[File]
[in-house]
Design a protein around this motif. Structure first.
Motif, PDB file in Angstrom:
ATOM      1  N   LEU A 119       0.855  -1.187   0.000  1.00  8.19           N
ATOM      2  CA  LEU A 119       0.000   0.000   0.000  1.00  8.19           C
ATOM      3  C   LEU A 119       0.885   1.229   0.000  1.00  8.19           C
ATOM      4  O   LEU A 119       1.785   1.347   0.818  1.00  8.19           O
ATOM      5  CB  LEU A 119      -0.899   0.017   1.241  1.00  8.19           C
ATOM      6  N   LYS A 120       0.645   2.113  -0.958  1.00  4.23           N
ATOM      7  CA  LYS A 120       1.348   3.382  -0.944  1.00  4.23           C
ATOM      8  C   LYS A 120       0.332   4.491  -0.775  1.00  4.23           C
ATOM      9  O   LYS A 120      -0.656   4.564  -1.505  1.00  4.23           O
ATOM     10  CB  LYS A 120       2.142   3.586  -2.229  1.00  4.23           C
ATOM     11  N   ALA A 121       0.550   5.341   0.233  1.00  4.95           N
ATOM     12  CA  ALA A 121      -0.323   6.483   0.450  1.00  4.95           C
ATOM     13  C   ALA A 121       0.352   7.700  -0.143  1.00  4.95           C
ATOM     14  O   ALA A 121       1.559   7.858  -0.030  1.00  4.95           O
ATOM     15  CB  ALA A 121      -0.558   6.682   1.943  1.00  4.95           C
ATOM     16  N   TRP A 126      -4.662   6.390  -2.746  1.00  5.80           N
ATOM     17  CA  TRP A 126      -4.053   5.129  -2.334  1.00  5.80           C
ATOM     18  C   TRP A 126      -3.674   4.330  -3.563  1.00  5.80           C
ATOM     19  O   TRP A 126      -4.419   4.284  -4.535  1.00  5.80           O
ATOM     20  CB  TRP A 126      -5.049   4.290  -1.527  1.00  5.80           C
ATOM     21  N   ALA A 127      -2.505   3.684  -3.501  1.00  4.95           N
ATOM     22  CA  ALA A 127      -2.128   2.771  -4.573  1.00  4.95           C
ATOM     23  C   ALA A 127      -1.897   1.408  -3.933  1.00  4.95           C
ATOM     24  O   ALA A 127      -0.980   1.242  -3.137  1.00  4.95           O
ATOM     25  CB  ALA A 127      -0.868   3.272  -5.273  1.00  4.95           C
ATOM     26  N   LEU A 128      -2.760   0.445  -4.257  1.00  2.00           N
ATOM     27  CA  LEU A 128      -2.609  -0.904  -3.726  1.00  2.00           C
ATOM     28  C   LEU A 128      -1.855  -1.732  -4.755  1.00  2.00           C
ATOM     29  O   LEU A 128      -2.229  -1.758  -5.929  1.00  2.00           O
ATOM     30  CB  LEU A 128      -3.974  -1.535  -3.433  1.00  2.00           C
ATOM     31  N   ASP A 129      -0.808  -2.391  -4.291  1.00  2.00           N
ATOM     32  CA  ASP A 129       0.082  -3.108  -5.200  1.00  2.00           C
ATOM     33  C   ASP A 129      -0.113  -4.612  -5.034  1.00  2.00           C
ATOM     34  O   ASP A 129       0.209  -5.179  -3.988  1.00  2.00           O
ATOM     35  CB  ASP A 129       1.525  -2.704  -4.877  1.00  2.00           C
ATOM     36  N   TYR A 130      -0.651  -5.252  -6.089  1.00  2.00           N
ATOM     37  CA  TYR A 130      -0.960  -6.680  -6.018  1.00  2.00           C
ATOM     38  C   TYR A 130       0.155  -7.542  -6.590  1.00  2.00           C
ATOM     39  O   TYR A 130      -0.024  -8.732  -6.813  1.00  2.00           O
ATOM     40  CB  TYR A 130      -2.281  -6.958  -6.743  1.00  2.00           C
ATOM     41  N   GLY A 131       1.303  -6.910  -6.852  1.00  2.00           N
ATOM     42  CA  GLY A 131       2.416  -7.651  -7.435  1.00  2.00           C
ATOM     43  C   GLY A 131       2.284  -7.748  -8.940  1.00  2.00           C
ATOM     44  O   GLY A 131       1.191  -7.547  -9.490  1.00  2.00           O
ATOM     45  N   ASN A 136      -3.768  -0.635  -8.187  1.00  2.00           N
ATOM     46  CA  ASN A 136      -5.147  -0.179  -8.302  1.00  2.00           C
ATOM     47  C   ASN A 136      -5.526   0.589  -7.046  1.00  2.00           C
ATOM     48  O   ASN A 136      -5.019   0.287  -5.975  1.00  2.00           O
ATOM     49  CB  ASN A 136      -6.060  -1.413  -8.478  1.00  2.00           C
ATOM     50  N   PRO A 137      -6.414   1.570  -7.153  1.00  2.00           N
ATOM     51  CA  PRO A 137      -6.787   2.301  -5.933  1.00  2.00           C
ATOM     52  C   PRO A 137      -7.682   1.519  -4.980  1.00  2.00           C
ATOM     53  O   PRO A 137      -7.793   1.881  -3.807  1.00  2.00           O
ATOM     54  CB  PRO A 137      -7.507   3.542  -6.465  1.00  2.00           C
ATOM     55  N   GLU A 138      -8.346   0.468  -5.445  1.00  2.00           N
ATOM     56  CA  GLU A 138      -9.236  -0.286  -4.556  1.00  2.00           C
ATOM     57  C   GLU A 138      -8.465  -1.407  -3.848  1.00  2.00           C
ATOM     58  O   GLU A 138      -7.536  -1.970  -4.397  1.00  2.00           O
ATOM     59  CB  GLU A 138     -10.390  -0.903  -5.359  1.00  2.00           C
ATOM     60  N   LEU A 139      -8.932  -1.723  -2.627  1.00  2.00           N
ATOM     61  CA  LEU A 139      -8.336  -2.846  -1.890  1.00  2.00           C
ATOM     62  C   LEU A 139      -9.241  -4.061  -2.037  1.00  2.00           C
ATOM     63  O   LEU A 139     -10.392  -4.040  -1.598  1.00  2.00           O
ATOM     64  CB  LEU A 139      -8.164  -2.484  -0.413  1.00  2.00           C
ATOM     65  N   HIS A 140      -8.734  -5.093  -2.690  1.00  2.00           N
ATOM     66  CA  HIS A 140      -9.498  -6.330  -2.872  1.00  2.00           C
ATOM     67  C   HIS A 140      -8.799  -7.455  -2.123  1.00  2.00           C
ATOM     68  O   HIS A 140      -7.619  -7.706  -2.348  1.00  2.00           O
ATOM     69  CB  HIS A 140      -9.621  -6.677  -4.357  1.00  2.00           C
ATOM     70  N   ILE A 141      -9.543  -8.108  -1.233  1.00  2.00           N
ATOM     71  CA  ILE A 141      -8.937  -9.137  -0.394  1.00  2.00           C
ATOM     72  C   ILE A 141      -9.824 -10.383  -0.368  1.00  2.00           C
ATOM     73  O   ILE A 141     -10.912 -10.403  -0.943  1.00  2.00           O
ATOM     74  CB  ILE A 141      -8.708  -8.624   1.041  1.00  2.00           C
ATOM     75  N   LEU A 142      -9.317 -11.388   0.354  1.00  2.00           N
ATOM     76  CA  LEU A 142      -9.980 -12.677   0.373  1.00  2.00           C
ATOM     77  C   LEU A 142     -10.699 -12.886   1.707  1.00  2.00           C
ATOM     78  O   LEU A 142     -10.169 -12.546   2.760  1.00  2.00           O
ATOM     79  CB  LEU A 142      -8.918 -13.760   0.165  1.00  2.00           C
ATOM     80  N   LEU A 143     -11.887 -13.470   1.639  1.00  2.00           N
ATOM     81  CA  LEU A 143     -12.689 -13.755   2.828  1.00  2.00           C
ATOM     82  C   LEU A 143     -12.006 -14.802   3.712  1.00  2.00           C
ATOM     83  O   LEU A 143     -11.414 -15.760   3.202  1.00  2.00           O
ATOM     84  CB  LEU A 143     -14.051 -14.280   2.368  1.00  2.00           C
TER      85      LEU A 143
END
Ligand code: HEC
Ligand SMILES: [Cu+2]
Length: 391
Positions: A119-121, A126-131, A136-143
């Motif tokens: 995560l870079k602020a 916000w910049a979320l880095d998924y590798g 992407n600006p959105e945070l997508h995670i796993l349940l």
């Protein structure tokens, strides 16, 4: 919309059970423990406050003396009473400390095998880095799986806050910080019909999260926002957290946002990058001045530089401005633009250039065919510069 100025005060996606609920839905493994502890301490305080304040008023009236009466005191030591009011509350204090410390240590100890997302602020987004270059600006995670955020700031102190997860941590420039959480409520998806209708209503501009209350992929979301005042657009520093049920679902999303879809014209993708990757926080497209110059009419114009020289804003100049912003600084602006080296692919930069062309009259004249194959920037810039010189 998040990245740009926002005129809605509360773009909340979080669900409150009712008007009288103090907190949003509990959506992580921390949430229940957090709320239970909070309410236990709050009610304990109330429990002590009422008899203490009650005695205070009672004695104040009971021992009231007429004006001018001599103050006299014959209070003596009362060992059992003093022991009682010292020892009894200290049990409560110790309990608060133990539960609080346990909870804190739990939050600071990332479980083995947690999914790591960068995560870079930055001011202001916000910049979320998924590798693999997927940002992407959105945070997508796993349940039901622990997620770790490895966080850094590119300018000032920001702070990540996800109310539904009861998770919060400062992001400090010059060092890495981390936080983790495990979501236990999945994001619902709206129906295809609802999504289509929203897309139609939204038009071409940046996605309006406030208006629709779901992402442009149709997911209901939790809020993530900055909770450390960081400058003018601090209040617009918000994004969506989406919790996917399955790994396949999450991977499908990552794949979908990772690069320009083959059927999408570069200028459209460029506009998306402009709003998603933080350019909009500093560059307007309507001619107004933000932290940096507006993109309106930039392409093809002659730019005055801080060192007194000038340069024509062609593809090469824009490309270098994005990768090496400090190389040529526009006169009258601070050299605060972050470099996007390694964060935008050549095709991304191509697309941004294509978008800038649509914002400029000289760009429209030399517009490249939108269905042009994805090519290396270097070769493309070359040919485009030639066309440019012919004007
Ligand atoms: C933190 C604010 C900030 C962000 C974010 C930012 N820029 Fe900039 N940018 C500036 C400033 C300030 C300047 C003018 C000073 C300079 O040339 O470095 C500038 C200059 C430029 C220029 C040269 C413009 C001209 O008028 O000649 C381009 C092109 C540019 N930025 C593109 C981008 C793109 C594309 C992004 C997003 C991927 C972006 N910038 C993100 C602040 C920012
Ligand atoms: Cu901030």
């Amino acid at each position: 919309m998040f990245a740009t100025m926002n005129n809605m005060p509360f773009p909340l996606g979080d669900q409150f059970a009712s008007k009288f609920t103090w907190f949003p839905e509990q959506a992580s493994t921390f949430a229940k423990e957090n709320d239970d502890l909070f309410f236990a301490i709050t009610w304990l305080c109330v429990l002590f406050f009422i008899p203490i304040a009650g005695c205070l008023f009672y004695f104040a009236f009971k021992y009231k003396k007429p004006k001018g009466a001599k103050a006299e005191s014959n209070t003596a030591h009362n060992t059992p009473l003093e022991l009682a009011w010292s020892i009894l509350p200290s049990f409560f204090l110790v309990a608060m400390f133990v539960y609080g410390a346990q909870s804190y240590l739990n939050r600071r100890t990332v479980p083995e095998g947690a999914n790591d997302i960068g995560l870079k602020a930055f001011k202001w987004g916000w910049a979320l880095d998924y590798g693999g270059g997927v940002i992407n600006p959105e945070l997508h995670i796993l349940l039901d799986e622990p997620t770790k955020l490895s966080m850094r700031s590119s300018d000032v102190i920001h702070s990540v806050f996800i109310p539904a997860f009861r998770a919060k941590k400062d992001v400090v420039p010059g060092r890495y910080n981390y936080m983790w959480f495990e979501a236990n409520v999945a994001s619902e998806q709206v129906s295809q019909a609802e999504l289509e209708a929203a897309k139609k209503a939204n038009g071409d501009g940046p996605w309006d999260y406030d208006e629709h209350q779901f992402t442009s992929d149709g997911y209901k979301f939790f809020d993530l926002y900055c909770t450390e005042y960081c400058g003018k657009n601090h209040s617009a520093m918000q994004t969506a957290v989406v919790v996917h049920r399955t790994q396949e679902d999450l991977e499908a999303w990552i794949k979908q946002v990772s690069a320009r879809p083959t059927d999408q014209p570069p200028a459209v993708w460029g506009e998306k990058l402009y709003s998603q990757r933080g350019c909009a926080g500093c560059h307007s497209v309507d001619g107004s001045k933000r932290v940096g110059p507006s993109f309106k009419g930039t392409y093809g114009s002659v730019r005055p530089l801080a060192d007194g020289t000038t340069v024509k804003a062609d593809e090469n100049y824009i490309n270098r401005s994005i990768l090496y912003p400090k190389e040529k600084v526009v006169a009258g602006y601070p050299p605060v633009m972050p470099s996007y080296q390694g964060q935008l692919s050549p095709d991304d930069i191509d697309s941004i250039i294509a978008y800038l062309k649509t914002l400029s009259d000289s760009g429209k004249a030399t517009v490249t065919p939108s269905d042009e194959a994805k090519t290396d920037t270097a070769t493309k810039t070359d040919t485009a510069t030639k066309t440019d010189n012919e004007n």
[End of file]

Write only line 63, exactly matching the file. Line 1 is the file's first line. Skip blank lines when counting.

ATOM     60  N   LEU A 139      -8.932  -1.723  -2.627  1.00  2.00           N